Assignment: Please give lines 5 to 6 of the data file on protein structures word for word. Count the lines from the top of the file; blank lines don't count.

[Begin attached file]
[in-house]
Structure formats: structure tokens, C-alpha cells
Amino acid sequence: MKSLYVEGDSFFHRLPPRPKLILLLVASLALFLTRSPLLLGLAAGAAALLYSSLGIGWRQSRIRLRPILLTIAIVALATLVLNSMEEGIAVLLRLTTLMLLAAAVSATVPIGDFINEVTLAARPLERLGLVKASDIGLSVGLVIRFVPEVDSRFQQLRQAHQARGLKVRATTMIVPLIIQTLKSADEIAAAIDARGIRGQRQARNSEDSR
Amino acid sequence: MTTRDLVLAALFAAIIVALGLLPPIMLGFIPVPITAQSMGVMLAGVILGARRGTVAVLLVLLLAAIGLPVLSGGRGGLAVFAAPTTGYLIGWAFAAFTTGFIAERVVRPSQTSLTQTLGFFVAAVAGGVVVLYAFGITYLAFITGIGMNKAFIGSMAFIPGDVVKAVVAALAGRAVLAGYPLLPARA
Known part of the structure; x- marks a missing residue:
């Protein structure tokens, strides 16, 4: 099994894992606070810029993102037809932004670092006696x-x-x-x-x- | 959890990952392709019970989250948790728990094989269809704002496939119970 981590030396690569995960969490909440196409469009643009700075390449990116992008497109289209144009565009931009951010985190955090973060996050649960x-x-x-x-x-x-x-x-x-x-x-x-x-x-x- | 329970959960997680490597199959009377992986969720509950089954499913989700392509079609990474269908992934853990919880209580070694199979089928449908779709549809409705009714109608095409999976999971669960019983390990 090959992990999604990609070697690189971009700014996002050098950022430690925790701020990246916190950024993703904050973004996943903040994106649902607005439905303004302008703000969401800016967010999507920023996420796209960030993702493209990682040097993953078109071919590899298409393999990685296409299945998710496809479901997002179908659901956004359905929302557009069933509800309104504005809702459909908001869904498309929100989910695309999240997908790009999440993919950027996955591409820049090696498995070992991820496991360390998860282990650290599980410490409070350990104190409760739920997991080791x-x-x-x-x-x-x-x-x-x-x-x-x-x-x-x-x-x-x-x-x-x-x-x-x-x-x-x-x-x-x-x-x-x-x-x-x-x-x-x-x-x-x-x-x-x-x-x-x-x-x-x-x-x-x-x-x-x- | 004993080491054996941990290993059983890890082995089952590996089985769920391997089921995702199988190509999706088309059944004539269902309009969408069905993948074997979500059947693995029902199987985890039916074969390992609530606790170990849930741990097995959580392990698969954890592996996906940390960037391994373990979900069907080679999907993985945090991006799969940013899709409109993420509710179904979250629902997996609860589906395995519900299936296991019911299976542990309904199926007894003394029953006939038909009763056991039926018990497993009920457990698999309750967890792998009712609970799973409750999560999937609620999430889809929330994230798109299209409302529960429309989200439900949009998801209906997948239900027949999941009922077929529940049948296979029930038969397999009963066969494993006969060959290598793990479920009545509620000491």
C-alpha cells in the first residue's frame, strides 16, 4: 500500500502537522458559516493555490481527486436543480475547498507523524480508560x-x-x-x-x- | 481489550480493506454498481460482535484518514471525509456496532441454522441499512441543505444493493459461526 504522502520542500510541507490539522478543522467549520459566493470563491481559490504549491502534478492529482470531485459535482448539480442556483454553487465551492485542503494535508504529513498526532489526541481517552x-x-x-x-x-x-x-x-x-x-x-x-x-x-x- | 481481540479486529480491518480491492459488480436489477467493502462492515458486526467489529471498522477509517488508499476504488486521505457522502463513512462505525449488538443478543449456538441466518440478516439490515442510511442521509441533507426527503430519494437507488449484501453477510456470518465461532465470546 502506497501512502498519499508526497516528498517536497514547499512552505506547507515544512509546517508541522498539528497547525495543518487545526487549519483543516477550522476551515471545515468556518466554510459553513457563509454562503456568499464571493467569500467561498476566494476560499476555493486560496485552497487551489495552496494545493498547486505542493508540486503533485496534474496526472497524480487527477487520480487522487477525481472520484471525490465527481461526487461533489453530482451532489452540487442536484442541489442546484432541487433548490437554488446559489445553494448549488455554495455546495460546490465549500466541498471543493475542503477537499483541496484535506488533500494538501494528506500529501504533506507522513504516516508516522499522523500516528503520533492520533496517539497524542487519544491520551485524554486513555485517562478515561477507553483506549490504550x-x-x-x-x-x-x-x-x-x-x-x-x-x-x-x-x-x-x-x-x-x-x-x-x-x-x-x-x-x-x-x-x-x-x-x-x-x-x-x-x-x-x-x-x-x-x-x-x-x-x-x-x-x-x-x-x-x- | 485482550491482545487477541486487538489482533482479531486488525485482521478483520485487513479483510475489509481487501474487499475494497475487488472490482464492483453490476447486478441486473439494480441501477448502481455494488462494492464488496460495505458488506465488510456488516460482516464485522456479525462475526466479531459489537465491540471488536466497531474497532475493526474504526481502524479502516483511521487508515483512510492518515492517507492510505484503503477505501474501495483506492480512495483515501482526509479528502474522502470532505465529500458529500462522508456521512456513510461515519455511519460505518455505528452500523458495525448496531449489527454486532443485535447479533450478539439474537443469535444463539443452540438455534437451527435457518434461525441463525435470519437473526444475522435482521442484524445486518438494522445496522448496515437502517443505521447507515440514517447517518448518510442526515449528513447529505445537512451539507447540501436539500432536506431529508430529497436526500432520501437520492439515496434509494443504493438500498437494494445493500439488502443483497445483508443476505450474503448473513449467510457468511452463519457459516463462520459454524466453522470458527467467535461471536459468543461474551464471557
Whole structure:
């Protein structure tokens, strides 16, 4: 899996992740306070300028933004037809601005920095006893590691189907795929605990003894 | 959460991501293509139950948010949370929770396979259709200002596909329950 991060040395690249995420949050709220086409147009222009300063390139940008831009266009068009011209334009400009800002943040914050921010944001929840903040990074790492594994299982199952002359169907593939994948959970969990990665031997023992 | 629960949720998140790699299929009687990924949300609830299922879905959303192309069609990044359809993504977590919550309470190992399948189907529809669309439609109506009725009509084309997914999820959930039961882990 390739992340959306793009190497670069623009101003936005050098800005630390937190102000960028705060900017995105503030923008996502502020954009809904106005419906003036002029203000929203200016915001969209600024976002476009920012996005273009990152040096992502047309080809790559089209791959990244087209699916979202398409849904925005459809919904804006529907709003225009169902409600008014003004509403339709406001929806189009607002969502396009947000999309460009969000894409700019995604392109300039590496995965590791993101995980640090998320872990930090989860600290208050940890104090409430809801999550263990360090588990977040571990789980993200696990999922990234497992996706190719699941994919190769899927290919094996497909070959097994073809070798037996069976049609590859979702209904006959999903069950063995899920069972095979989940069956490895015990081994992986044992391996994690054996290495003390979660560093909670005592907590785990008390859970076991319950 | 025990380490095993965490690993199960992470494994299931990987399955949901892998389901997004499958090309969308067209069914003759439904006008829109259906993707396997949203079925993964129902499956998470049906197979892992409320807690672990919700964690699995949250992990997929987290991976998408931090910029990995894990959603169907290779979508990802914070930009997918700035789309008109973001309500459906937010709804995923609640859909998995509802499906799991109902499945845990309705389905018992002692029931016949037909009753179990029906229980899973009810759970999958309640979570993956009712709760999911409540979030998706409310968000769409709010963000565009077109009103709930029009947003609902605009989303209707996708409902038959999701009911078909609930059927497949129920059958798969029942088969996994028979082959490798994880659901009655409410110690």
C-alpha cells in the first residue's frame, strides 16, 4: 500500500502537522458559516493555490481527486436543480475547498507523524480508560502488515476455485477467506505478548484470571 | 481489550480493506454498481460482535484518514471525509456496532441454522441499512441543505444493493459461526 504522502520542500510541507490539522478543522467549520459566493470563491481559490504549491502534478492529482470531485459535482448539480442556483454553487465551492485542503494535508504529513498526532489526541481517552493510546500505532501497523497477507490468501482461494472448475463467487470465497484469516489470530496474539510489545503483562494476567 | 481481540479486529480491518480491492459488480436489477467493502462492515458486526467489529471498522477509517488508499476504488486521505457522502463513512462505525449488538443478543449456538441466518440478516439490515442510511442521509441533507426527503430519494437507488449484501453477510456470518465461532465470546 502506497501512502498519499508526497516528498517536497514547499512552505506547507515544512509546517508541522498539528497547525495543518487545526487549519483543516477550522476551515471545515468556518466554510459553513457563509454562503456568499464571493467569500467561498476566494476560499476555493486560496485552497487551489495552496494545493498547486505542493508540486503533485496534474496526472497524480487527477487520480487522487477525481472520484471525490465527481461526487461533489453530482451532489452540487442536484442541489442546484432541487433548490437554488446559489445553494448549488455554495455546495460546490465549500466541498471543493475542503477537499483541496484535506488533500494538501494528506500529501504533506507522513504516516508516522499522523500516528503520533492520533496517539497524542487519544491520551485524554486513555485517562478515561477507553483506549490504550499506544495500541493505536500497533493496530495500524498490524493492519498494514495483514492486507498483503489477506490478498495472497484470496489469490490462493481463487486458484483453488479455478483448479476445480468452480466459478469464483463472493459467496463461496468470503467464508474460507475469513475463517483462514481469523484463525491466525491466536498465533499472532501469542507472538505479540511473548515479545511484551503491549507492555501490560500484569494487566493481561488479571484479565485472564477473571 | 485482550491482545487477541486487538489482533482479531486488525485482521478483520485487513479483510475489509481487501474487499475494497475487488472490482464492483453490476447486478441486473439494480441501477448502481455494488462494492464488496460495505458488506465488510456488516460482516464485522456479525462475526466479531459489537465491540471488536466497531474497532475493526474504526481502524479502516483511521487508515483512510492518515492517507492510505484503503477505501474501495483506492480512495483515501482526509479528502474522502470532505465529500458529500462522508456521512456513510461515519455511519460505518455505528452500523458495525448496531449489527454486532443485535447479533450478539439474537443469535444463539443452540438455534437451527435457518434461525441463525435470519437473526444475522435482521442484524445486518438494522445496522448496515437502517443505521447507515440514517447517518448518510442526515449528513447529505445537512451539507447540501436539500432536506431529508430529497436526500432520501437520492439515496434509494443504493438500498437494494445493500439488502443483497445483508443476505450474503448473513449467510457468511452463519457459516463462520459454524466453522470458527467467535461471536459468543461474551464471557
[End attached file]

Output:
Known part of the structure; x- marks a missing residue:
């Protein structure tokens, strides 16, 4: 099994894992606070810029993102037809932004670092006696x-x-x-x-x- | 959890990952392709019970989250948790728990094989269809704002496939119970 981590030396690569995960969490909440196409469009643009700075390449990116992008497109289209144009565009931009951010985190955090973060996050649960x-x-x-x-x-x-x-x-x-x-x-x-x-x-x- | 329970959960997680490597199959009377992986969720509950089954499913989700392509079609990474269908992934853990919880209580070694199979089928449908779709549809409705009714109608095409999976999971669960019983390990 090959992990999604990609070697690189971009700014996002050098950022430690925790701020990246916190950024993703904050973004996943903040994106649902607005439905303004302008703000969401800016967010999507920023996420796209960030993702493209990682040097993953078109071919590899298409393999990685296409299945998710496809479901997002179908659901956004359905929302557009069933509800309104504005809702459909908001869904498309929100989910695309999240997908790009999440993919950027996955591409820049090696498995070992991820496991360390998860282990650290599980410490409070350990104190409760739920997991080791x-x-x-x-x-x-x-x-x-x-x-x-x-x-x-x-x-x-x-x-x-x-x-x-x-x-x-x-x-x-x-x-x-x-x-x-x-x-x-x-x-x-x-x-x-x-x-x-x-x-x-x-x-x-x-x-x-x- | 004993080491054996941990290993059983890890082995089952590996089985769920391997089921995702199988190509999706088309059944004539269902309009969408069905993948074997979500059947693995029902199987985890039916074969390992609530606790170990849930741990097995959580392990698969954890592996996906940390960037391994373990979900069907080679999907993985945090991006799969940013899709409109993420509710179904979250629902997996609860589906395995519900299936296991019911299976542990309904199926007894003394029953006939038909009763056991039926018990497993009920457990698999309750967890792998009712609970799973409750999560999937609620999430889809929330994230798109299209409302529960429309989200439900949009998801209906997948239900027949999941009922077929529940049948296979029930038969397999009963066969494993006969060959290598793990479920009545509620000491």